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Oral Microbiol Immunol. 1999 Dec;14(6):358-63.

Adhesion of oral Candida species to human buccal epithelial cells following brief exposure to nystatin.

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Faculty of Dentistry, Prince Philip Dental Hospital, University of Hong Kong.


Opportunistic oral infections caused by Candida albicans and non-albicans Candida species are particularly common in compromised patients. Nystatin, which belongs to the polyene group of antimycotics, is frequently used as a topical agent in the treatment of oro-pharyngeal candidosis. It is recognized that due to the delivery mode of nystatin (i.e. topical, intermittent), as well as the cleansing effect of saliva within the oral environment, the yeasts undergo a relatively brief exposure to this drug during treatment. Nevertheless, there is a sparsity of data on the effect of such brief exposure to nystatin on the pathogenic attributes of Candida such as their adherence to host surfaces. The adhesion of microbes to host mucosal surfaces is a major determinant of successful colonization and infection. Thus the main aim of our investigation was to compare the in vitro adhesion of 30 oral isolates of Candida belonging to six different species (comprising Candida albicans, Candida tropicalis, Candida glabrata, Candida guilliermondii, Candida krusei and Candida parapsilosis) to human buccal epithelial cells, following their brief exposure (1 h) to minimum inhibitory concentration of nystatin, and subsequent removal of the drug. The adhesion of these isolates to buccal epithelial cells was assessed by a previously described adhesion assay. Compared with the controls, there was a significant reduction in buccal epithelial cell adhesion of all six Candida species after drug exposure (54%-68%). However the adhesion of C. albicans isolates was the least affected by nystatin exposure, which was significantly different from that of the non-albicans species. These findings imply that sub-therapeutic levels of nystatin, which are likely to persist in the oral cavity during dosing intervals, may also be beneficial, as they inhibit candidal colonization. The significant difference in nystatin-induced suppression of adhesion between C. albicans and the non-albicans species investigated is a further testimonial for the pre-eminent virulence of the former species.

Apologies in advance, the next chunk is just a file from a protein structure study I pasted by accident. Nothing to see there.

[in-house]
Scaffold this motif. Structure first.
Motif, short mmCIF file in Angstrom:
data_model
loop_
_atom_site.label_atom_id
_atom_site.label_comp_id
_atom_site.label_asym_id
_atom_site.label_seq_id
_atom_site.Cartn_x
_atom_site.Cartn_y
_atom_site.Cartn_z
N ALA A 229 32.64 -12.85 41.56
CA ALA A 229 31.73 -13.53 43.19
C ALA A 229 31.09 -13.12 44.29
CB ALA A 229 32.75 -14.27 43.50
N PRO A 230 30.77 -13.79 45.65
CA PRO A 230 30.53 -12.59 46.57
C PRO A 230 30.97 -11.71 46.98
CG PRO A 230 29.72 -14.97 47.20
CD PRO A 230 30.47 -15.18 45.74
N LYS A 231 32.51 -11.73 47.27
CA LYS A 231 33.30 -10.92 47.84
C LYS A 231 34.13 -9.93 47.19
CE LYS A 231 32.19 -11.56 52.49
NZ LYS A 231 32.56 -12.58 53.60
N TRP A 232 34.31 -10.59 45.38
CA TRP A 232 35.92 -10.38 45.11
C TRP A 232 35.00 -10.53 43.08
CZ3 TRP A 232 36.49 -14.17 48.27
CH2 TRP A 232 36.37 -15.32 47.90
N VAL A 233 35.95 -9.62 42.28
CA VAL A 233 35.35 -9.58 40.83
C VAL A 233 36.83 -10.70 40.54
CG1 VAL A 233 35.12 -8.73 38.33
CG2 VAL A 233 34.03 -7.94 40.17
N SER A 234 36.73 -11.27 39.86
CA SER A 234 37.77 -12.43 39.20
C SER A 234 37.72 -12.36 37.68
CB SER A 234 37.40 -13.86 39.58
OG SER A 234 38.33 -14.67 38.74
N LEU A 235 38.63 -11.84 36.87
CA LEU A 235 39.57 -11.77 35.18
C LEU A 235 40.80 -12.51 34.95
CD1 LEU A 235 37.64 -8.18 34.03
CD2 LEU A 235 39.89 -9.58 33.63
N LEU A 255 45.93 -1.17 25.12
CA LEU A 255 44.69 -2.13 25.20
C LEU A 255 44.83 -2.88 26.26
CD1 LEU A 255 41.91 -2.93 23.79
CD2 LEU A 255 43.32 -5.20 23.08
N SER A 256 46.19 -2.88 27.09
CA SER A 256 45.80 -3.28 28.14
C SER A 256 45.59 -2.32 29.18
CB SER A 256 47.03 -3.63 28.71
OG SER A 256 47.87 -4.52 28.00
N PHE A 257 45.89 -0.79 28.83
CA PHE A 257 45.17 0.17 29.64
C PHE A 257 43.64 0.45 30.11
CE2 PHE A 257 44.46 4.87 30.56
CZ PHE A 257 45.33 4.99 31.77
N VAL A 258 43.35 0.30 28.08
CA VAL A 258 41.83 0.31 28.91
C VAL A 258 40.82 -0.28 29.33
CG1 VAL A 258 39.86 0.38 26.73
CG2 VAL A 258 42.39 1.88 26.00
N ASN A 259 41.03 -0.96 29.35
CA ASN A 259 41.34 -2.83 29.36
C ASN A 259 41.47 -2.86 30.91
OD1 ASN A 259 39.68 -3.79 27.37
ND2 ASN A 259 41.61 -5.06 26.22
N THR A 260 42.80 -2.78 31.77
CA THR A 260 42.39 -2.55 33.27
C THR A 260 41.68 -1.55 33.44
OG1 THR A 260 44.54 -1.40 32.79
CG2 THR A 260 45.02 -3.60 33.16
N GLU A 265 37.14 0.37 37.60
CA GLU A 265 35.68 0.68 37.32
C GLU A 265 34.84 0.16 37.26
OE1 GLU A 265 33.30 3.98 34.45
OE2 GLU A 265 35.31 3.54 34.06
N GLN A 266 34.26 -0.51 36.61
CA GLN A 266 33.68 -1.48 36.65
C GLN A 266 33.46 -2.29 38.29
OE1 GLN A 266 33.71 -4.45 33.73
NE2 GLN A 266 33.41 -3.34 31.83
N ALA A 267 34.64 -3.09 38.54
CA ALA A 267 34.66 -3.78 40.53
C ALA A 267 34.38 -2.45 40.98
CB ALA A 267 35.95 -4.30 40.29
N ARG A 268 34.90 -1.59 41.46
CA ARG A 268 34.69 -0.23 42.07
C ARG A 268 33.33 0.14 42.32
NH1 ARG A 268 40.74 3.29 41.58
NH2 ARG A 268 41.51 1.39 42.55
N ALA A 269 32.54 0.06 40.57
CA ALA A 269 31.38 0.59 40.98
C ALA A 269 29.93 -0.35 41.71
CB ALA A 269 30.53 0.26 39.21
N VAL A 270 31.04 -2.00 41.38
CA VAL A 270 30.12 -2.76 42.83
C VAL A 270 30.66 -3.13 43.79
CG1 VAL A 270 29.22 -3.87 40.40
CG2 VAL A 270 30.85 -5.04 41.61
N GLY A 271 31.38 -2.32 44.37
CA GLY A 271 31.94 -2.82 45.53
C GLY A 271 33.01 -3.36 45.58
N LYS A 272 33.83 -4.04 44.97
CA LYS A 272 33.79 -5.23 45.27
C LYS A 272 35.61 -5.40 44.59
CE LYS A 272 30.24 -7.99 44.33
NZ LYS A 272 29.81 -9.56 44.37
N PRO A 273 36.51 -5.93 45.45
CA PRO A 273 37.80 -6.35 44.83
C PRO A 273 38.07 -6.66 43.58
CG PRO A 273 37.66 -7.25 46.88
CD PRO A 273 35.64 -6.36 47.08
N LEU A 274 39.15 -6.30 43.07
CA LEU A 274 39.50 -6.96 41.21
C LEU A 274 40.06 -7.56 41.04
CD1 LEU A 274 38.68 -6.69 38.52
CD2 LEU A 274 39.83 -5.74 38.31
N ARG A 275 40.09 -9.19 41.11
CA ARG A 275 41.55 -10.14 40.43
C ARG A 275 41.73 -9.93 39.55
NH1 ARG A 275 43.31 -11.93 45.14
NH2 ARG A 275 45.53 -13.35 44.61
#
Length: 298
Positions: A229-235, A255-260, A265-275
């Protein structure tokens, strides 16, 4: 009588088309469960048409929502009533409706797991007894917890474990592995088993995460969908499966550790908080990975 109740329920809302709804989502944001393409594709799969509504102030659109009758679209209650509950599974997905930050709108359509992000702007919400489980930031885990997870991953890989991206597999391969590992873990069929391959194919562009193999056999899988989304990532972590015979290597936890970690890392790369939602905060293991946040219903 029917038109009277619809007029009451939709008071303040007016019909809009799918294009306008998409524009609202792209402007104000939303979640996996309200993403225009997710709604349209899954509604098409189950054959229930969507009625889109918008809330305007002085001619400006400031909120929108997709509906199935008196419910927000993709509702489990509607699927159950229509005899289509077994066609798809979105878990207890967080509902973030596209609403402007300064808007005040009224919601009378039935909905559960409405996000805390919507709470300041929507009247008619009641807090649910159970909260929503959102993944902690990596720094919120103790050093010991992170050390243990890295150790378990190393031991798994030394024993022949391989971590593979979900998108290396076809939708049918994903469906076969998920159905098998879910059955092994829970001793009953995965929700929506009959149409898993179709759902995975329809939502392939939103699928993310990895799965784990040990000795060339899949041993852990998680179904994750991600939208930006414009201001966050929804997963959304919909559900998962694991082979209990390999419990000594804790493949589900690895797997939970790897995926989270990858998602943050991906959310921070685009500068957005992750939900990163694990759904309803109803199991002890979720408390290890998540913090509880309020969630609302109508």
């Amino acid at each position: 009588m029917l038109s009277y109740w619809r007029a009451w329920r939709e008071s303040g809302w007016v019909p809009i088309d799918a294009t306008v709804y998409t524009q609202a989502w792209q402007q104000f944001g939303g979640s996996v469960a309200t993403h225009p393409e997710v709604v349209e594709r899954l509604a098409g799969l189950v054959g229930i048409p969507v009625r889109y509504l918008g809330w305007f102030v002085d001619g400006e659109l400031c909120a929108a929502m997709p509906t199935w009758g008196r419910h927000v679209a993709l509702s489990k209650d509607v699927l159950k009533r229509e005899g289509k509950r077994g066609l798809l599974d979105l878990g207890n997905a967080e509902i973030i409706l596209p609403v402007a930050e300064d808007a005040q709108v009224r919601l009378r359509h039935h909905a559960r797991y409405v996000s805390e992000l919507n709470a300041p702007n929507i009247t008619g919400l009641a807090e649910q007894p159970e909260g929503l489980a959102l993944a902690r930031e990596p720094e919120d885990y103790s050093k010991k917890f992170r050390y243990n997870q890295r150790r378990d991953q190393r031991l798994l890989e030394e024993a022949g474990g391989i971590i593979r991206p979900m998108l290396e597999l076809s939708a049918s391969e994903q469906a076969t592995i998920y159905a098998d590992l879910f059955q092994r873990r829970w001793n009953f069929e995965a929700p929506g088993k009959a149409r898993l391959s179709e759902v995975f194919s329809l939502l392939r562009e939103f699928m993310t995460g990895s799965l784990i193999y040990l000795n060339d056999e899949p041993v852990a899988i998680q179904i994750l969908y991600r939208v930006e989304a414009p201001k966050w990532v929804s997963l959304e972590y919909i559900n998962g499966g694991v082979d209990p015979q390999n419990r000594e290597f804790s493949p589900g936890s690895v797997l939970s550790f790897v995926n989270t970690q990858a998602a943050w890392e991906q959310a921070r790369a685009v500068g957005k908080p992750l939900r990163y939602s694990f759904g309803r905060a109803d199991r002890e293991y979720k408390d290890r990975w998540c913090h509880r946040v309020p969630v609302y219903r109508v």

[Indexed for MEDLINE]

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